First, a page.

Like I said, my life is amazing.  Bring on tomorrow!!

Yes I do.

Tuesday, June 28, 2011

Welcome to the World of Me!

Welcome to my amateur and technically-challenged attempt at writing a blog!! I have minimal experience with both reading and writing them, so I hope that this turns out to be not too boring for those few of you who might read it.
Why write one then, you might ask? Because I completely SUCK at keeping in touch with people, it seems. I've been living in the Middle East for 7 months now, and on a scale of good to bad, my contact with home has been beyond the crappy end of things. I swear, if it wasn't for facebook, half the people I've ever known would have forgotten I exist, over here in this desert land! So, here is a blog. Where I can plop down all of my adventures, experiences and stories, and the people who have been wondering what I am up to will know. It might even give some of you inspiration for your own travel plans. Plus, this way I won't feel so guilty about neglecting the emails.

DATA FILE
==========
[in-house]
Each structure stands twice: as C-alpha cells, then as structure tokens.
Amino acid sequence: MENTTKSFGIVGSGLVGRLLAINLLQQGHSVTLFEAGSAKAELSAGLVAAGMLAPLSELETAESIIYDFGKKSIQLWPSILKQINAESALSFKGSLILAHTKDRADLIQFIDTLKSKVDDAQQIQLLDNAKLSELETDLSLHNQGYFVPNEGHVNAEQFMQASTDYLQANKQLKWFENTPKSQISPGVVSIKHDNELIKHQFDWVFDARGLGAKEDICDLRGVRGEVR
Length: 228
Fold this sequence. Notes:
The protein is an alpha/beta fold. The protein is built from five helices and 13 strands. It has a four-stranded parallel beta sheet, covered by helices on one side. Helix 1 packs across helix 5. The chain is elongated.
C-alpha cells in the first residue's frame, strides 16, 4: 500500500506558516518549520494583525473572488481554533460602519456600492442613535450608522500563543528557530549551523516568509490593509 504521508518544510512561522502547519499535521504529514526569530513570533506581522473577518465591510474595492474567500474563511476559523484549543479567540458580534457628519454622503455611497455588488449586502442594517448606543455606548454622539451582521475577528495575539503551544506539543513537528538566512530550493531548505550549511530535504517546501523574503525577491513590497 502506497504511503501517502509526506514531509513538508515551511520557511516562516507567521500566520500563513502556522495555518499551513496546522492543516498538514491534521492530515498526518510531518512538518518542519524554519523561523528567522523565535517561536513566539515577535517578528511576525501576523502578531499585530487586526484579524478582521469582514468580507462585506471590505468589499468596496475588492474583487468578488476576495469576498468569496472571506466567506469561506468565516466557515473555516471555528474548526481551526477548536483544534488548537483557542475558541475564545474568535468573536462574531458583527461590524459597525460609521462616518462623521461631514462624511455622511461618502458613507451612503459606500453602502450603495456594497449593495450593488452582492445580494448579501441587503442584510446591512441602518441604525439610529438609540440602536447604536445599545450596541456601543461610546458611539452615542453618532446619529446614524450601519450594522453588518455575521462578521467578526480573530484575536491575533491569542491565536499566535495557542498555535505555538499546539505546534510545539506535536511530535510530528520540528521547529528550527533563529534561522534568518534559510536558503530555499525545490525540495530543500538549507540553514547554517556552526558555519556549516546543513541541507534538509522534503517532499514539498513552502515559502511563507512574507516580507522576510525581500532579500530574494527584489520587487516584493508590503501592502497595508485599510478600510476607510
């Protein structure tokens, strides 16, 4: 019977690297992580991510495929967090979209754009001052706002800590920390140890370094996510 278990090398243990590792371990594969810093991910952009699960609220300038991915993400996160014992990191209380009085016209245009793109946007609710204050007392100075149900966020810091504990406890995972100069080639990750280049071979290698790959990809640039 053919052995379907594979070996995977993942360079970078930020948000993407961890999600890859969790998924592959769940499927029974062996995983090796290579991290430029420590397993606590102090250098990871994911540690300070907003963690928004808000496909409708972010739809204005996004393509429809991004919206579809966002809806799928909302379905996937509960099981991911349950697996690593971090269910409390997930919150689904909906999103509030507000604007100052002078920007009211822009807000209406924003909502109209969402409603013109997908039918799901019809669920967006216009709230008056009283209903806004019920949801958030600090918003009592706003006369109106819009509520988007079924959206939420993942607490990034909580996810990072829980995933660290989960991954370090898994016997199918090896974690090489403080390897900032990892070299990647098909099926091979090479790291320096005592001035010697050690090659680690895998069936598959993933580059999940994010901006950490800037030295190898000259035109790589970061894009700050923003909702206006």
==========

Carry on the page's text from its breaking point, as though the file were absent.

So to catch you up to date on the last 7 months:
- I'm living in the sticks of Dubai. It's actually more like Pakistan than Dubai, if you ask me. I had an amazing roommate and friend here with me which made it bearable, but she has just buggered off back home to Canada to get married and left me here. Some people are so selfish!! So I should be getting a new roommate fairly soon...could be interesting but of course I will have to keep you posted on that. I have great friends here in Dubai who will be popping up and rating special mentions throughout my tales, seeing as we seem to have enough adventures of our own without leading the lives that we do.